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Marioné Fourie and Clarence Munyai add sparkle to SA championships

22 April 2022 - 18:20
Clarence Munyai in action in the Men's 200m heats during day 2 of the ASA Senior Track & Field National Championships at Green Point Athletics Stadium in Cape Town.
Clarence Munyai in action in the Men's 200m heats during day 2 of the ASA Senior Track & Field National Championships at Green Point Athletics Stadium in Cape Town.
Image: Anton Geyser/Gallo Images

Marioné Fourie stormed to victory in the women’s 100m hurdles in Cape Town on Friday, but the black southeaster that blew and spat into the Green Point stadium put a damper on proceedings. 

Fourie clocked 13.43 sec into a head wind of 2.7 metres per second, but a little earlier the wind, swirling in from the opposite direction, assisted Clarence Munyai to an impressive 20.03 effort in the 200m semifinals. 

The 2.3mps tail wind denied him what would have been a world championship qualifying time in the longer sprint, but he still goes into Saturday’s final against Luxolo Adams as the favourite.

Adams, with a 20.01 best in Paarl in 2018, is the quickest South African over the distance at sea level. He won his semifinal in 20.31 and will run on the inside of Munyai in the final, what promises to be an interesting contest, even without the injured Wayde van Niekerk.

Fourie, 19, was in a class of her own as he won her race by more than half a second to underline her ability and potential. 

“The wind was a little bit hard, but that’s not the end of the world,” she said afterwards.

But she and her rivals — and all other track athletes, for that matter — fell victim to the chilly conditions and crazy officiating here.

Normally the competitors are allowed to remove their tracksuits at the starting blocks, but in Cape Town they’re made to strip down to their competition gear of vests and shorts in the call room.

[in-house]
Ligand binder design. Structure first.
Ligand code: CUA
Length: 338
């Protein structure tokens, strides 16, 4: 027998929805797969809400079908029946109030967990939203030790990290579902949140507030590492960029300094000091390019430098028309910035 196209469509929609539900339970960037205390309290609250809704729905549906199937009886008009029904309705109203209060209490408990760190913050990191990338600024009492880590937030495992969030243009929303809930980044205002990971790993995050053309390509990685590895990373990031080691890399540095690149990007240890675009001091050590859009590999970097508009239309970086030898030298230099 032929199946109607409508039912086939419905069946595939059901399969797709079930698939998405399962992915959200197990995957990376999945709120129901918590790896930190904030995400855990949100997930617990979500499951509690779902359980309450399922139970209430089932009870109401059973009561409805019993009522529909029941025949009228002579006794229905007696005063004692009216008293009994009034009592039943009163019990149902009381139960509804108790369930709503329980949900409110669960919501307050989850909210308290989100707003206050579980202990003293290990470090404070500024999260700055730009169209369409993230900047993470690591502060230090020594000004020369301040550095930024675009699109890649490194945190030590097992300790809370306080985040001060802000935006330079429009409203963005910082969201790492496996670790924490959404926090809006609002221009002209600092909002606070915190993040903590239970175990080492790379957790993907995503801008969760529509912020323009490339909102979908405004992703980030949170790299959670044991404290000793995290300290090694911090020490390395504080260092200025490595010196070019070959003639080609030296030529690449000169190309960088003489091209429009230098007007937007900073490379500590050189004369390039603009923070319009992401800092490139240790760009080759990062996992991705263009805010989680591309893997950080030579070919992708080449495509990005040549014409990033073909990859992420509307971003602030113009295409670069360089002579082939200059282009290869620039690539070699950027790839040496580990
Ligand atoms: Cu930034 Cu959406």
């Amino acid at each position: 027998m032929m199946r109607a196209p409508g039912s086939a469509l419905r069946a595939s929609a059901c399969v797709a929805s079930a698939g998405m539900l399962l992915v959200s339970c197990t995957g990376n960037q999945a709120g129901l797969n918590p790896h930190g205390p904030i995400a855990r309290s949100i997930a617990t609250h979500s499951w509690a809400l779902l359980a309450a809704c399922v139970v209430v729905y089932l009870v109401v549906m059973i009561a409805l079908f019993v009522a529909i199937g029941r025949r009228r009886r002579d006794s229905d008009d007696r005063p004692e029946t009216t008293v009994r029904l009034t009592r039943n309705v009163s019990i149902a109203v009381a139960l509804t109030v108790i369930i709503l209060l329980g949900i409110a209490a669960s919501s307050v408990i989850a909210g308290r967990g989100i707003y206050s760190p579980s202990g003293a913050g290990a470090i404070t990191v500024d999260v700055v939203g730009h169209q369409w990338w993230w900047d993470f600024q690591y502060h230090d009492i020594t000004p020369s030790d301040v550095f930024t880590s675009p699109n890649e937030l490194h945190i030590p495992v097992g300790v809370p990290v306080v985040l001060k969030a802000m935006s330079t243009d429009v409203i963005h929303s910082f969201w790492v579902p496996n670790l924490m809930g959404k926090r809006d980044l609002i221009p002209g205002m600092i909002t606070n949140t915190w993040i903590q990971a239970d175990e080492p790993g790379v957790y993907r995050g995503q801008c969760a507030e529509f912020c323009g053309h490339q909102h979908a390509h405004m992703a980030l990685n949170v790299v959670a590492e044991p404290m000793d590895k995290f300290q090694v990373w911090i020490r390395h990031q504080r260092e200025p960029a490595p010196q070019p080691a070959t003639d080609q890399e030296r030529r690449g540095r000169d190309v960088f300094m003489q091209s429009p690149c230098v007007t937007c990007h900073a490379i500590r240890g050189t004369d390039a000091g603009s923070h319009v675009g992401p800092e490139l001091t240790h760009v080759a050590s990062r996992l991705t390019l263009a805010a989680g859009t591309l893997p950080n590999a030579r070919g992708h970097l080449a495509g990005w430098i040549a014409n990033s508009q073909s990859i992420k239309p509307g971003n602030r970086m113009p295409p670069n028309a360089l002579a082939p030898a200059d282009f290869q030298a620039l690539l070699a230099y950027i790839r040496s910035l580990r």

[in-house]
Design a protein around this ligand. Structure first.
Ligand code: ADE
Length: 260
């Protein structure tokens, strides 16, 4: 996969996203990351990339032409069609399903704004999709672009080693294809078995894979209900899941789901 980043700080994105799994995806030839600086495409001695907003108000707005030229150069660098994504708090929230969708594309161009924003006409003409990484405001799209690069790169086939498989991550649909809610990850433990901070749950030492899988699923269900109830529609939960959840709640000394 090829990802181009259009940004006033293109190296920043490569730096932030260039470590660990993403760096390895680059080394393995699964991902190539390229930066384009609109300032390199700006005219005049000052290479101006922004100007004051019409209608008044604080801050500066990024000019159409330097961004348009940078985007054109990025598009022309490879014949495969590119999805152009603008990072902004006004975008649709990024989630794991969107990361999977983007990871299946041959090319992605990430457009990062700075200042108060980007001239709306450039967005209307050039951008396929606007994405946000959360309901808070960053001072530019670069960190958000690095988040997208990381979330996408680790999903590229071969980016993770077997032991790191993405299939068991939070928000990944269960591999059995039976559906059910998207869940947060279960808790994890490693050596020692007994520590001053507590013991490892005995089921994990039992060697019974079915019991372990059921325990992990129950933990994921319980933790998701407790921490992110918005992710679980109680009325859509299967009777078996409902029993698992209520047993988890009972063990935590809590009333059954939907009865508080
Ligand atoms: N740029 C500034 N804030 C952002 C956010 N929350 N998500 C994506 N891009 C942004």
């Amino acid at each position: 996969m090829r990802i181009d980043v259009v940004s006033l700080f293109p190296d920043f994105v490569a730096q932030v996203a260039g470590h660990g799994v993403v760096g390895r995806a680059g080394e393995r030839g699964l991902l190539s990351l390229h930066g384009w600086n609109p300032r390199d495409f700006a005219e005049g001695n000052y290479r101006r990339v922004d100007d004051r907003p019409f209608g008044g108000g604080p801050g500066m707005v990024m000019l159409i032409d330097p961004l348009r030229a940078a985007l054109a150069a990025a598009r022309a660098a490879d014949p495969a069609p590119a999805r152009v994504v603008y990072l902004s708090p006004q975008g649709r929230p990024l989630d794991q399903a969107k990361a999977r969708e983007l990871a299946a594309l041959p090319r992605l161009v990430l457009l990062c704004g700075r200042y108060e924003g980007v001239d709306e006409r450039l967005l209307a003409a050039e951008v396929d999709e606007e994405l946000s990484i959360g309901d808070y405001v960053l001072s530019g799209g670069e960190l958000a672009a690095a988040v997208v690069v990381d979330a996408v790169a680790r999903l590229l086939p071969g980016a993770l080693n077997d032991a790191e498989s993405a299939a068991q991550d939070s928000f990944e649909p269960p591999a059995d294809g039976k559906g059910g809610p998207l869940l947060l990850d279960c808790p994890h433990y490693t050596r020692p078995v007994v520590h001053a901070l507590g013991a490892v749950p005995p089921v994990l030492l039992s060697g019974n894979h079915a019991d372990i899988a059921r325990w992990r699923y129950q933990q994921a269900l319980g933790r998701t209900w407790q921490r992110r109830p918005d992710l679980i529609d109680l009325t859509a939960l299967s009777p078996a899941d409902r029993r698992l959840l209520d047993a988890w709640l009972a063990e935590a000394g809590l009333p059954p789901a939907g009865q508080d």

And the gap from then until the gun that starts their races is close to 20 minutes. 

“Yes, it was [difficult to keep warm] because I started to get a little bit cold and you can’t do a run-through because your muscles are going to get tired,” Fourie said in response to a question on the issue.

She is planning to run the African championships in Mauritius in early June, and is still eager to hit the 12.84 sec qualifying mark for the world championships in Eugene, Oregon, in July. 

“There’s a Nigerian girl [scheduled to be at the continental showpiece] and I hope she can push me to run a sub-13 ... My aim is to qualify for world champs.” 

Antonio Alkana won the men’s 110m hurdles in 13.48.

Kyle Blignaut held on to his SA shot put crown with a heave of 20.09m, the only effort of the day that went over 20m. 

“I’m happy with a 20 again, but I feel my season doesn’t want to get started,” said Blignaut, who finished sixth at the Tokyo Olympics. 

“We have a couple of weeks off before African champs so me and my coach are going to go back to the drawing board and hopefully figure a few things out that’s just missing this season.”

He is looking for victory in Mauritius. “I really want to win that one this year, I haven’t won an African title yet. My plan is to go to African champs with a 21.50 mindset.”

The 22-year-old, who struggled with injury early in the season, is also looking to make the podium at Commonwealth Games from July 28 to August 8, and to reach a final at the world championships. 

But he has yet to throw a 21.10 to book his spot there automatically. 

“There’s still four, five months left in the season, so I can still improve.”

In the men’s high jump, veteran Mpho Links cleared 2.25m to secure victory over 18-year-old schoolboy Brian Raats, who managed a best of only 2.16. 

Ashley Smith was first in the men’s 3,000m steeplechase and Chenique Sas won the women’s race. Victor Hogan took the men’s discus title and Patience Ntshingila the women’s triple jump.

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